If ‘Breaking News’ had featured over the opening scenes of some 80s blockbuster comedy you’d not have turned a blind eye – Another single, and naturally so, it’s a foot-tapper with added super Philadelphia-groove. Its upbeat sound belies the social commentary present in its lyrics. Rolling in easy like the afternoon freight train coming into town, a sudden blast of tenderly squeezed guitar cries out and grabs the listener’s attention.

‘Roadhouse Blues’ features squealing guitar over organ, McCray channelling both Freddy and Albert King, the way a young Clapton could. It’s very much very much a live setting feel, his voice taking your standard blues tune up a notch or two, as he phrases and emotes; mind you when he struts out on a peacock feather tail waving guitar solo, he’s got nothing to be ashamed of there either.

The rangy, upbeat mid-paced rocking blues of ‘Drinkin’ Liquor And Chasin’ Women’ is the kind you expect in a duet, and while it’s nice to hear Joanna Connor playing alongside him, it would have been nice to hear them exchange vocal lines too. ‘Blues Without You (For Paul)’ is a song about his late manager, one who reading between the lines might actually have held him back a little. There is piano, string orchestration and female backing here and once more it calls to mind the sounds of Philadelphia. Vocally, there’s a little Marvin Gaye at the higher end, some Isaac Hayes and Bill Withers with a bigger blues boom, and some Barry White without the slur and growl… Man, I told you he could sing.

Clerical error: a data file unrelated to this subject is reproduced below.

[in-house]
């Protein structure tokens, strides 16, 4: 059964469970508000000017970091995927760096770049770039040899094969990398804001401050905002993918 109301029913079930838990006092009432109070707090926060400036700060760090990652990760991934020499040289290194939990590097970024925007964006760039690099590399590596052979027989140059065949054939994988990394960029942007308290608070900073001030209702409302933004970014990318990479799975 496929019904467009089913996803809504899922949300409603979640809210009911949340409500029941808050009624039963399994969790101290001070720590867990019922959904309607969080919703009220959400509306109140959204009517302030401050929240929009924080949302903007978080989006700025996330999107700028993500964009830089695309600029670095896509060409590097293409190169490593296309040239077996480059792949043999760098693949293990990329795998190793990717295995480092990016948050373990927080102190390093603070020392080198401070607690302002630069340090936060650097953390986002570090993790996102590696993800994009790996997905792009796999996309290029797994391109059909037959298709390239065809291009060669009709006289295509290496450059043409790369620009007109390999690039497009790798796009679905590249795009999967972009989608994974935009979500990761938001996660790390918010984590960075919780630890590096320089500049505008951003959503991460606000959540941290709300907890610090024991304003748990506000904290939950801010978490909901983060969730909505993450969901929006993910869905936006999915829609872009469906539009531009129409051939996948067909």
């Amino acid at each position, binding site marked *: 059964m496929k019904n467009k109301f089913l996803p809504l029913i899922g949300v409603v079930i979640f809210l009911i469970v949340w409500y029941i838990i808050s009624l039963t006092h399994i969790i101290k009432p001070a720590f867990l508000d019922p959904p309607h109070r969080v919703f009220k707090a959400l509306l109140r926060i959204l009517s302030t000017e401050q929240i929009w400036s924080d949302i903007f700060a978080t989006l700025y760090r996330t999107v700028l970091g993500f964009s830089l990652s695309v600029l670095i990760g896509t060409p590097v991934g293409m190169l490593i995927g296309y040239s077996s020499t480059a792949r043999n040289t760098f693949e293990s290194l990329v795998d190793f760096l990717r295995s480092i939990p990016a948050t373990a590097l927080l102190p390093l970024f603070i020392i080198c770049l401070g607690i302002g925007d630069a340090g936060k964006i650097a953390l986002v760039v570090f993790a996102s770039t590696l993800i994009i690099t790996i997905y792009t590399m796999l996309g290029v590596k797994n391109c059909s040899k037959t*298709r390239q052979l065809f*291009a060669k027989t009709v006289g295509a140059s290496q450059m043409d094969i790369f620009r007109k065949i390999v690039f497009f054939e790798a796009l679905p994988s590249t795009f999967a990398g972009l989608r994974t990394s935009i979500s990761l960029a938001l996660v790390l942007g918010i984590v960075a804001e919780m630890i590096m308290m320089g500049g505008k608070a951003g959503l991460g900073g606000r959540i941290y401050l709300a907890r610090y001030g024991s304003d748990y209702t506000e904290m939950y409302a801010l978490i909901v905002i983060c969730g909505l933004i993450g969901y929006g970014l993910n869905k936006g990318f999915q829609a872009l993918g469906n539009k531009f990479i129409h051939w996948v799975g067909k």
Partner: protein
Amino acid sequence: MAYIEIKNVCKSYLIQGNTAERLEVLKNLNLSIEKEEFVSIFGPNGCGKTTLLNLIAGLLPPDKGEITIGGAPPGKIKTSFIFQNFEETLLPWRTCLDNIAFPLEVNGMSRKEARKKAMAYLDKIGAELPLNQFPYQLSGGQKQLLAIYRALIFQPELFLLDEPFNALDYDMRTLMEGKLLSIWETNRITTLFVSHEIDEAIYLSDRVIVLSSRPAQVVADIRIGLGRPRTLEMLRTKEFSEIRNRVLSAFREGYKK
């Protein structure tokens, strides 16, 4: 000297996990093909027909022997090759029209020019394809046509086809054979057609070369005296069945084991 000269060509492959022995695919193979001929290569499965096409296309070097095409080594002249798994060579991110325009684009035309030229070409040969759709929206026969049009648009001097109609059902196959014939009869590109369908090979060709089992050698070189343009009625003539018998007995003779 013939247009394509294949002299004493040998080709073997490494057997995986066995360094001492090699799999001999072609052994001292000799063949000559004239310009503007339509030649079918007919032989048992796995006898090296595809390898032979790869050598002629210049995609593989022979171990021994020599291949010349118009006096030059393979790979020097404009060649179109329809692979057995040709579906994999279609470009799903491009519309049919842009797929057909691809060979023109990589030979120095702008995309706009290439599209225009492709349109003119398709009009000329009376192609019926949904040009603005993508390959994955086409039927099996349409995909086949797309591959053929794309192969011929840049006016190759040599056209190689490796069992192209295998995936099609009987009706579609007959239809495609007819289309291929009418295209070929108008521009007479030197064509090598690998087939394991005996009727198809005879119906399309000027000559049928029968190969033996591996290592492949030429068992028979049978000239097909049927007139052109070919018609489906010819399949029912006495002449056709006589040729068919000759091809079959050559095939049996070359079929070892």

‘Mr. Easy’ arrives in a slinky bumping bassline, and another BB flavoured nightclub blues tune. It’s a song about what others want him to be and do, when he just wants an easy life, alongside the rights and wrongs of it. With Bonamassa guesting on this one, we get some lengthy guitar excursions between the pair of them. It’s followed by ‘No More Crying’, that has a gospel touch in term of its lyrical themes, rather than its music.

‘Don’t Put Your Dreams To Bed’ is where, if we follow a Joseph Campbell narrative philosophy, the hero begins to find redemption, and is about to conquer his demons one final time. More importantly, as a stand-alone, it’s a good bump and grind groove befitting the title. I think we’re talking both the spiritual and a little of the ungodly here with the music, there’ some good female gospel backing on this one, not too far removed from the southern pop ladies Clapton had when he first toured solo in late 70s, whereas in soloing he heads out in the direction old Eric had lost sight of back then.

Drawing things to a conclusion, ‘I Play The Blues’ completes the circle. Stripped bare, with just acoustic and voice, it tells you all need really, a love song to a way of life.  A fitting way to end an album, and one I tip my hat off to. One also gets the impression is this is a live one take performance.

When Larry McCray sings, I believe his truth, and there’s no hiding he’s got one hell of a guitar sound. More please.

Larry McCray photo by Arnie Goodman.
Paul H Birch
Paul H Birch
RAMzine Senior Writer - Writer of fiction, faction and fact, has edited several newsstand magazines. He declares himself a hack for hire but refuses to compromise on the subject of music.